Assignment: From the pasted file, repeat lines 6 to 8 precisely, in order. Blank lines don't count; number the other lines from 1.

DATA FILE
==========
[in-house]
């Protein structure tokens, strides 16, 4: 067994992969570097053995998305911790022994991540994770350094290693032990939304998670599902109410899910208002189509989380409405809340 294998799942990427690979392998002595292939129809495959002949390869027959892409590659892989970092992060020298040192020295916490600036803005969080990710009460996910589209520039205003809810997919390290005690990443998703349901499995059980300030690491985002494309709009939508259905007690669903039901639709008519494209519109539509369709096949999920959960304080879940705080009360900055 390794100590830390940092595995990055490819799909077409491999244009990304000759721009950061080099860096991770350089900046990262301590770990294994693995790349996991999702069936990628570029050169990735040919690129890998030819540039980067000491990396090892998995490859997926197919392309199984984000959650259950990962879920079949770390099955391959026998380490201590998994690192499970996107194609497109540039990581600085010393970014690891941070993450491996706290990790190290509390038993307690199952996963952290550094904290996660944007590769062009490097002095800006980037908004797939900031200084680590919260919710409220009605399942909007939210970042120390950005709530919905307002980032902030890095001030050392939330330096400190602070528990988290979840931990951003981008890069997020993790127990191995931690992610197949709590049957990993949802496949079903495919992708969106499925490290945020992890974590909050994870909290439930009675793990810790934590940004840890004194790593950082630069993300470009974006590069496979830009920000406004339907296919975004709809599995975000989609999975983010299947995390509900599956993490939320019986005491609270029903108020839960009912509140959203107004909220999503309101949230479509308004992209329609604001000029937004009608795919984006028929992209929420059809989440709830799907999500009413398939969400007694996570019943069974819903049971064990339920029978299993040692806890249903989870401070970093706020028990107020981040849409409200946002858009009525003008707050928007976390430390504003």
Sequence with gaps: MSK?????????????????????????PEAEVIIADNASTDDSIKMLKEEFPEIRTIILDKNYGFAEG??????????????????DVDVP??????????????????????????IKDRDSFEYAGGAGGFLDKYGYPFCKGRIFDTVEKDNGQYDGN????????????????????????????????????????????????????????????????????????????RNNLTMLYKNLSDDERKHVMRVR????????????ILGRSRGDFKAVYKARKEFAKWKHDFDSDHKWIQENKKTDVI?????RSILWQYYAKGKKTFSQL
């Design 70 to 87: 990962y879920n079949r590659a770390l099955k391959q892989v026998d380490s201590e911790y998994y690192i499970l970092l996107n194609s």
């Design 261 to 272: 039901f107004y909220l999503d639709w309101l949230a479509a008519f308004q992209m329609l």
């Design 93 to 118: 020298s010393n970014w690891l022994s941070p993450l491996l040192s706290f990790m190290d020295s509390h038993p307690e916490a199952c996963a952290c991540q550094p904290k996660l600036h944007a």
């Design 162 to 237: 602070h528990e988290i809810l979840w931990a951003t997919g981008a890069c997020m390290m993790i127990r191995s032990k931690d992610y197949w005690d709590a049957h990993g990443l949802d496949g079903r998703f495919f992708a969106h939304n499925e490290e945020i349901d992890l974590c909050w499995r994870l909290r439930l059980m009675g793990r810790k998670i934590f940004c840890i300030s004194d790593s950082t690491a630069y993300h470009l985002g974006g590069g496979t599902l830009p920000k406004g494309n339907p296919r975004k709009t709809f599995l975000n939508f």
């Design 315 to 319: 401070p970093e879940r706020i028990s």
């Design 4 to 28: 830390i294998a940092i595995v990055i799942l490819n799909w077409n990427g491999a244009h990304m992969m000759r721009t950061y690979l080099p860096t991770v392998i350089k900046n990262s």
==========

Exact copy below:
């Design 93 to 118: 020298s010393n970014w690891l022994s941070p993450l491996l040192s706290f990790m190290d020295s509390h038993p307690e916490a199952c996963a952290c991540q550094p904290k996660l600036h944007a």
């Design 162 to 237: 602070h528990e988290i809810l979840w931990a951003t997919g981008a890069c997020m390290m993790i127990r191995s032990k931690d992610y197949w005690d709590a049957h990993g990443l949802d496949g079903r998703f495919f992708a969106h939304n499925e490290e945020i349901d992890l974590c909050w499995r994870l909290r439930l059980m009675g793990r810790k998670i934590f940004c840890i300030s004194d790593s950082t690491a630069y993300h470009l985002g974006g590069g496979t599902l830009p920000k406004g494309n339907p296919r975004k709009t709809f599995l975000n939508f």
């Design 315 to 319: 401070p970093e879940r706020i028990s």